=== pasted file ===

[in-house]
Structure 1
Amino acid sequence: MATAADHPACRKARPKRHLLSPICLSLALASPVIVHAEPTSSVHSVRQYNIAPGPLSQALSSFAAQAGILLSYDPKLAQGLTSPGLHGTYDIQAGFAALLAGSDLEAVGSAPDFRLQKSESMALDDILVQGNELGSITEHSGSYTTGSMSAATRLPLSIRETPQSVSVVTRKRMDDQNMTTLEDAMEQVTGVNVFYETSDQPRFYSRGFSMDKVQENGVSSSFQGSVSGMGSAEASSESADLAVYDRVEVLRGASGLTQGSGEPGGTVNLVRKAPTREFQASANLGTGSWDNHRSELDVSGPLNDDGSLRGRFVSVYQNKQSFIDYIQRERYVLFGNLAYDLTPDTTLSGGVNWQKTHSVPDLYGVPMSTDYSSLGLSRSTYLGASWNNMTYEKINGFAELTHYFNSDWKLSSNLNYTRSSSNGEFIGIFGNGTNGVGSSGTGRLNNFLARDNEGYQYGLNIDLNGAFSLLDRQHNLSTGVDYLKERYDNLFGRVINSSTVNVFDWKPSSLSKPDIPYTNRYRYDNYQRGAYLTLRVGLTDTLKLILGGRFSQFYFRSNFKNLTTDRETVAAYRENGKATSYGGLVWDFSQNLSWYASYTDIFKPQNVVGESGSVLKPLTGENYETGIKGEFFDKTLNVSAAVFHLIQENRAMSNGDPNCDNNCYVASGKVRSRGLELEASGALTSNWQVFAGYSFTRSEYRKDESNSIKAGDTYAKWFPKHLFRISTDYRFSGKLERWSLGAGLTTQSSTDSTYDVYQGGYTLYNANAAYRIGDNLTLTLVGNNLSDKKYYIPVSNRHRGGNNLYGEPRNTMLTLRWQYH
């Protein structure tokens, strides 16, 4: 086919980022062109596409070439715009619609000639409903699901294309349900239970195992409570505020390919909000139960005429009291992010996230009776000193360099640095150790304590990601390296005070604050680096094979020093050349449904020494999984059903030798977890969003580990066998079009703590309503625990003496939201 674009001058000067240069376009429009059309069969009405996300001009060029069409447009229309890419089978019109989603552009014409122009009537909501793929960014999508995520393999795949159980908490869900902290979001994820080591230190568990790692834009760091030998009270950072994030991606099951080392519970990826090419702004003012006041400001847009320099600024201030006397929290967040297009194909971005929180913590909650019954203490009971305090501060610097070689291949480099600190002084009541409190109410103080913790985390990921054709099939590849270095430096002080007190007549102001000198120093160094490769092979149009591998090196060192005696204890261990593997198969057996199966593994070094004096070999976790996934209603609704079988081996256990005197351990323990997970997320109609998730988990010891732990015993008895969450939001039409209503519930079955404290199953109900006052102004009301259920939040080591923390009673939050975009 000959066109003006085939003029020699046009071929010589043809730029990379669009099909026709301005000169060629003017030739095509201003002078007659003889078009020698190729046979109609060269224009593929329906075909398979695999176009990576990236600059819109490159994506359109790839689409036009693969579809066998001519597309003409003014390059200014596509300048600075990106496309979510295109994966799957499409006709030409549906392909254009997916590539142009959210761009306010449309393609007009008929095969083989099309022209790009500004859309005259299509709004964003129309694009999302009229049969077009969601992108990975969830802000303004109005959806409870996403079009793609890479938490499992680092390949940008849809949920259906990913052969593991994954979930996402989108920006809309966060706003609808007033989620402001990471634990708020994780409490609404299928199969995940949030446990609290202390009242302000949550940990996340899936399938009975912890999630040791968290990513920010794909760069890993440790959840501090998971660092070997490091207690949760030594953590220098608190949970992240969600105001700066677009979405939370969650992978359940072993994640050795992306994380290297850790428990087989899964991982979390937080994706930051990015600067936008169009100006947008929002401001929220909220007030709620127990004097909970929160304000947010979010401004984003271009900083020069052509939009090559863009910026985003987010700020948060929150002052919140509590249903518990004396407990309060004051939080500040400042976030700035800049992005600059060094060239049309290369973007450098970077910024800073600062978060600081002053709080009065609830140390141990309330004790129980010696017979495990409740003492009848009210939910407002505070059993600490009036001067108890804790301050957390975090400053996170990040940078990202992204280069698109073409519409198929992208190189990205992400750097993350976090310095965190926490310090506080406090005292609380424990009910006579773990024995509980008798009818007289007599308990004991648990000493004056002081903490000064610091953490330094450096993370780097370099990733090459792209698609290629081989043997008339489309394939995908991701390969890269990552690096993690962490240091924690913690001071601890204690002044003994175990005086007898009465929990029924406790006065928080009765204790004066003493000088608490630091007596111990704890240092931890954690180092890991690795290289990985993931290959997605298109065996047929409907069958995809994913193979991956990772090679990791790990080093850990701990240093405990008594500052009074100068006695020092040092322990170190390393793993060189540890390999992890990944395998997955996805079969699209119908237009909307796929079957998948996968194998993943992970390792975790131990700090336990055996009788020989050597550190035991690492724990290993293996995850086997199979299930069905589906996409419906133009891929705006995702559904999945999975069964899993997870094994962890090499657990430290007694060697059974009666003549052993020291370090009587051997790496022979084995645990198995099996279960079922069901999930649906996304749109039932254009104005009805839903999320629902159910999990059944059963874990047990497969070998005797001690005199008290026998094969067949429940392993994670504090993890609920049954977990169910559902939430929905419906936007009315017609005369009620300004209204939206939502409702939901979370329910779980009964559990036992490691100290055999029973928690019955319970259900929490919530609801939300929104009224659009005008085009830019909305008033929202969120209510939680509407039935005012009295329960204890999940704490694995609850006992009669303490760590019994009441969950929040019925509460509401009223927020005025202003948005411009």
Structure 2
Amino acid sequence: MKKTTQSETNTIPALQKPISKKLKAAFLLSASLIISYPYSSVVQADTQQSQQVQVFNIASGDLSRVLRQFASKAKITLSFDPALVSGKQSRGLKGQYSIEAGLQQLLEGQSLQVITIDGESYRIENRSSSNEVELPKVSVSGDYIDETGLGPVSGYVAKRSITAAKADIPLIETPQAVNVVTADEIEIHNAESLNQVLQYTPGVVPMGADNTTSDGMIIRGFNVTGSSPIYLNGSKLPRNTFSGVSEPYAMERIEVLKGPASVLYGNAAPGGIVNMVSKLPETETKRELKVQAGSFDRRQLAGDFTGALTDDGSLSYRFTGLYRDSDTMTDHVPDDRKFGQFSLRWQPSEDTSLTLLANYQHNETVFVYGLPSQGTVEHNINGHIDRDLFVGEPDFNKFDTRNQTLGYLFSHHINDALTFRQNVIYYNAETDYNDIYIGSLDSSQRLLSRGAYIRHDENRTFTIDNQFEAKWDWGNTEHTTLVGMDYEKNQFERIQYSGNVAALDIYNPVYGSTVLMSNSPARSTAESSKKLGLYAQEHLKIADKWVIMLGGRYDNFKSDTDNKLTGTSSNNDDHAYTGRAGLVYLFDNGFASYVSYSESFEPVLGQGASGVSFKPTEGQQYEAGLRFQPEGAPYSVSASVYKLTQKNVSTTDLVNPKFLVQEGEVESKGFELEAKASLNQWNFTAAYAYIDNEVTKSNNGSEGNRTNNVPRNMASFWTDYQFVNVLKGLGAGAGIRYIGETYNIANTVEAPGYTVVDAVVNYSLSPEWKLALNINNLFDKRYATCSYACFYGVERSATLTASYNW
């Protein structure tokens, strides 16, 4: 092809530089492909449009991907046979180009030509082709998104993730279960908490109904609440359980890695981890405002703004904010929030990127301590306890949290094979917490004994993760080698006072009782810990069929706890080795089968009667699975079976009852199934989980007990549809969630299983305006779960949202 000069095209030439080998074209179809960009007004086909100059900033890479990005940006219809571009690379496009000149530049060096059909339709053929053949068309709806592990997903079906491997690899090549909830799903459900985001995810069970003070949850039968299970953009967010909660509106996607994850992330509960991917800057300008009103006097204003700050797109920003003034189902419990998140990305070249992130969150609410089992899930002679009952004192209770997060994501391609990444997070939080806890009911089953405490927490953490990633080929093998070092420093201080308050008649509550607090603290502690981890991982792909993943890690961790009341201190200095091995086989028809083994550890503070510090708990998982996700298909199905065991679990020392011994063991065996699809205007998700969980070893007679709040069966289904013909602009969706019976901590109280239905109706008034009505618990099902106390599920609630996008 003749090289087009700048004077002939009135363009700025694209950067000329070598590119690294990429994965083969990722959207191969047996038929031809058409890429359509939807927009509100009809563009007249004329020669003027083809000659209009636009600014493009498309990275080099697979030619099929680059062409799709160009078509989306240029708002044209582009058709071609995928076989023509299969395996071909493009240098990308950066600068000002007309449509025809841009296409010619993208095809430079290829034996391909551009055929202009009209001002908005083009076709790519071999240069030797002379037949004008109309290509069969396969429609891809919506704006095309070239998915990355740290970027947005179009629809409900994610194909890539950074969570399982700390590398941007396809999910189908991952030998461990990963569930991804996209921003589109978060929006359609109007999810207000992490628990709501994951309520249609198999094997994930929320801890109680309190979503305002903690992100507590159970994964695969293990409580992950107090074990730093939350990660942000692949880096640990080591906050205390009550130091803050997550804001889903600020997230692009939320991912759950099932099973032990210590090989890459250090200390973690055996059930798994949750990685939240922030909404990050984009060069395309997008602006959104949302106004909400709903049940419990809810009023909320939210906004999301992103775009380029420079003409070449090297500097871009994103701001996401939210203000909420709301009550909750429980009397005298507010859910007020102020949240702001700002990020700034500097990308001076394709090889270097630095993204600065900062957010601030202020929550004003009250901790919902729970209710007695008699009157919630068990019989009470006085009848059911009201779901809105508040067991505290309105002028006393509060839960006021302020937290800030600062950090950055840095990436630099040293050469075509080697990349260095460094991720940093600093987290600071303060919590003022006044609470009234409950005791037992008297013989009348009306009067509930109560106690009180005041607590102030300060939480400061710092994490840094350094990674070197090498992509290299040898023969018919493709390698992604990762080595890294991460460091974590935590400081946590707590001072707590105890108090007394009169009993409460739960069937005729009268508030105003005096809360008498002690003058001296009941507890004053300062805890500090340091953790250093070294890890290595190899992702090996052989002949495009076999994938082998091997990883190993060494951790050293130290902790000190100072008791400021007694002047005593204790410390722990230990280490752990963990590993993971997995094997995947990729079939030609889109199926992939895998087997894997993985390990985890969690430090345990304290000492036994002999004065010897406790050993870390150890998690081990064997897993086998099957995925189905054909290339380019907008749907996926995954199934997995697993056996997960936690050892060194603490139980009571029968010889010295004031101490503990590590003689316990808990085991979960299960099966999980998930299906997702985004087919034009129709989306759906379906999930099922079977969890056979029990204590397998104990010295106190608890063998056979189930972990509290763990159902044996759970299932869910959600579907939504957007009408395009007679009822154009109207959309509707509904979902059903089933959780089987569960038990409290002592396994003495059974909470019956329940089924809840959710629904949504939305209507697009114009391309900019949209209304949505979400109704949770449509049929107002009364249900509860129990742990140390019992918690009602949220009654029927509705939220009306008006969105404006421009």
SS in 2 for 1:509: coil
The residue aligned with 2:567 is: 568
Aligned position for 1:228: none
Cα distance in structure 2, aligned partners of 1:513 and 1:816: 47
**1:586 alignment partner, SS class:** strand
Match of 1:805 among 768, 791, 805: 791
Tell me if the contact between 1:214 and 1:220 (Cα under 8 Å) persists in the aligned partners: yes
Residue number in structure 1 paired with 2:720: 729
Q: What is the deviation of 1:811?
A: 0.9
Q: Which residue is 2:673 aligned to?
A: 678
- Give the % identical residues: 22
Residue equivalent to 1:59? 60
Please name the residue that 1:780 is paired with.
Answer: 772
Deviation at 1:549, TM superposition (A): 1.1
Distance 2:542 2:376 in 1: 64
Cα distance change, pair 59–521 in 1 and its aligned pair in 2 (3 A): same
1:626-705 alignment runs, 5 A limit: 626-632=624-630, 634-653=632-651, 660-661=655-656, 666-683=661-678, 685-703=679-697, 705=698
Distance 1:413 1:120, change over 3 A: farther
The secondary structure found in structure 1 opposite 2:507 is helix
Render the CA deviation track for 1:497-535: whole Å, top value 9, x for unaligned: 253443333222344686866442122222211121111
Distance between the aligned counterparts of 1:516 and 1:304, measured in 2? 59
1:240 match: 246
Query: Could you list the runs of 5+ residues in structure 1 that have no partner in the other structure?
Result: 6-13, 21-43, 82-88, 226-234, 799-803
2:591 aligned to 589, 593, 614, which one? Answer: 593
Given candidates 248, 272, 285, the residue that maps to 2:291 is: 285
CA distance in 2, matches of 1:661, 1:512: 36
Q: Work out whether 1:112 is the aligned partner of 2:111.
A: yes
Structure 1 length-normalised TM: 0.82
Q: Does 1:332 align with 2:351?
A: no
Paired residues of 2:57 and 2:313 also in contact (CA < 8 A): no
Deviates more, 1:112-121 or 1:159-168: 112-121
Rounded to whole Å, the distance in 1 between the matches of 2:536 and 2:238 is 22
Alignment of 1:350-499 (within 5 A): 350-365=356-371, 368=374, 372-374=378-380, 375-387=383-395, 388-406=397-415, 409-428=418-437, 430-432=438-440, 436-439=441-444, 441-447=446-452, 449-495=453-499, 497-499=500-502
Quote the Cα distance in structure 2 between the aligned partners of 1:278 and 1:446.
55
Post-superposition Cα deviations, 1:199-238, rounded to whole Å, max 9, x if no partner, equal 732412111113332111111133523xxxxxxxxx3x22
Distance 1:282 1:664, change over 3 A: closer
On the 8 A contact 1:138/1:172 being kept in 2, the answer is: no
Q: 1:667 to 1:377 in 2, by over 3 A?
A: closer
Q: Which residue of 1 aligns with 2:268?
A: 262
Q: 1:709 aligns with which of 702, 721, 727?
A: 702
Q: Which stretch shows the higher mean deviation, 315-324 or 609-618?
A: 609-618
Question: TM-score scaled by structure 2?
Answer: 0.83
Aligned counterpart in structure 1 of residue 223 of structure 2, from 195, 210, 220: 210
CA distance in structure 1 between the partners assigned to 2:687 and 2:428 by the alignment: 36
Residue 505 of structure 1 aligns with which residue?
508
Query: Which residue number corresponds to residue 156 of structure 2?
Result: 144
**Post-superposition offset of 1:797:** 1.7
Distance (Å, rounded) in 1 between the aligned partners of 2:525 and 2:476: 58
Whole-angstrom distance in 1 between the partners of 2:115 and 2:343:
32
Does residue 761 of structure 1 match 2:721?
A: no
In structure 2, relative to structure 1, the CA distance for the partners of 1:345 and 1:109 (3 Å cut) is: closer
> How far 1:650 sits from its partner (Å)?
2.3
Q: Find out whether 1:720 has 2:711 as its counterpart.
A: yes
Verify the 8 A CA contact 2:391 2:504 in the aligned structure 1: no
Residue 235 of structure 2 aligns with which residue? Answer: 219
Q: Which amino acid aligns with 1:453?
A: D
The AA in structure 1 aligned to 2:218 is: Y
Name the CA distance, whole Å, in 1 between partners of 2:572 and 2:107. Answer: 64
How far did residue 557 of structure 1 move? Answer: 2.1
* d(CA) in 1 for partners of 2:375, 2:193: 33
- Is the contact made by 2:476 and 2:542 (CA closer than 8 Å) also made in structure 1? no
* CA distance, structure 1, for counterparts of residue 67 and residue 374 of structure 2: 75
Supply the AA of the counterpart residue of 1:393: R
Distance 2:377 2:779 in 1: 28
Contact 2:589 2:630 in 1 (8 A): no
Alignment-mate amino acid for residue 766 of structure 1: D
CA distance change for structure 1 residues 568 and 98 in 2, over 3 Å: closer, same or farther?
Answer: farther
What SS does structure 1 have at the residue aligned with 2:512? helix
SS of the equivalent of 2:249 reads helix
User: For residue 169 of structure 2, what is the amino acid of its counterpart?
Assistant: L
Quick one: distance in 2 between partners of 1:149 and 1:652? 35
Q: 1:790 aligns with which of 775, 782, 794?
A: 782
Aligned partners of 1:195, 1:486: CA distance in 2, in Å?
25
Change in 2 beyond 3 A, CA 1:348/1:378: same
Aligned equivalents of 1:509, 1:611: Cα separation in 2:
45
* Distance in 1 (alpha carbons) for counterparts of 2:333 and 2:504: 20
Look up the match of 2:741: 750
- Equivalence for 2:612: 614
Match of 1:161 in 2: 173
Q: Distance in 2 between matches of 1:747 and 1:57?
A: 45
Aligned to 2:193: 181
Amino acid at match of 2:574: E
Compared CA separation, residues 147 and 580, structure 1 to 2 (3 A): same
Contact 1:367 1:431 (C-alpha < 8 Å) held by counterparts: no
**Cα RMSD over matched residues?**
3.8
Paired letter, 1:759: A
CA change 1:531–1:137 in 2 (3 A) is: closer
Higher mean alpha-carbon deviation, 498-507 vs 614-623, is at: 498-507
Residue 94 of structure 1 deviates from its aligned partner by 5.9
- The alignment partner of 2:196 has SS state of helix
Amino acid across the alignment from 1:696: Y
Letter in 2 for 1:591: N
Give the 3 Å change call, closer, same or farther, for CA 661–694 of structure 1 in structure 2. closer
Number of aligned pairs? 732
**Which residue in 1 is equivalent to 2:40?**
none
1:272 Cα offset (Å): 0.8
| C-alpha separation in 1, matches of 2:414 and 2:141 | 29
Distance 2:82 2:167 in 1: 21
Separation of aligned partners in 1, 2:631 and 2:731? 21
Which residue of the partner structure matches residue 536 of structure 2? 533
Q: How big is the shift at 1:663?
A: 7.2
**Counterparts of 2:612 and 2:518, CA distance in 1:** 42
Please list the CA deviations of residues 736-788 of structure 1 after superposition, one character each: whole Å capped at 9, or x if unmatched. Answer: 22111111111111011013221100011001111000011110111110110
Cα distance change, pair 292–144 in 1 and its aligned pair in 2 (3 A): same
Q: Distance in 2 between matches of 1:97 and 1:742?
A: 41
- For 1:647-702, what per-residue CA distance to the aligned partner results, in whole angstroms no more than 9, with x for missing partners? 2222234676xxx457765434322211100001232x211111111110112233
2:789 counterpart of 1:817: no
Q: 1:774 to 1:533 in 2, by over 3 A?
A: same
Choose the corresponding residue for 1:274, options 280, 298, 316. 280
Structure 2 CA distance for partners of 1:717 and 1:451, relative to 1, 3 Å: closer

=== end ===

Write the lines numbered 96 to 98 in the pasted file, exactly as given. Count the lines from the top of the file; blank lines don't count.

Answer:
SS of the equivalent of 2:249 reads helix
User: For residue 169 of structure 2, what is the amino acid of its counterpart?
Assistant: L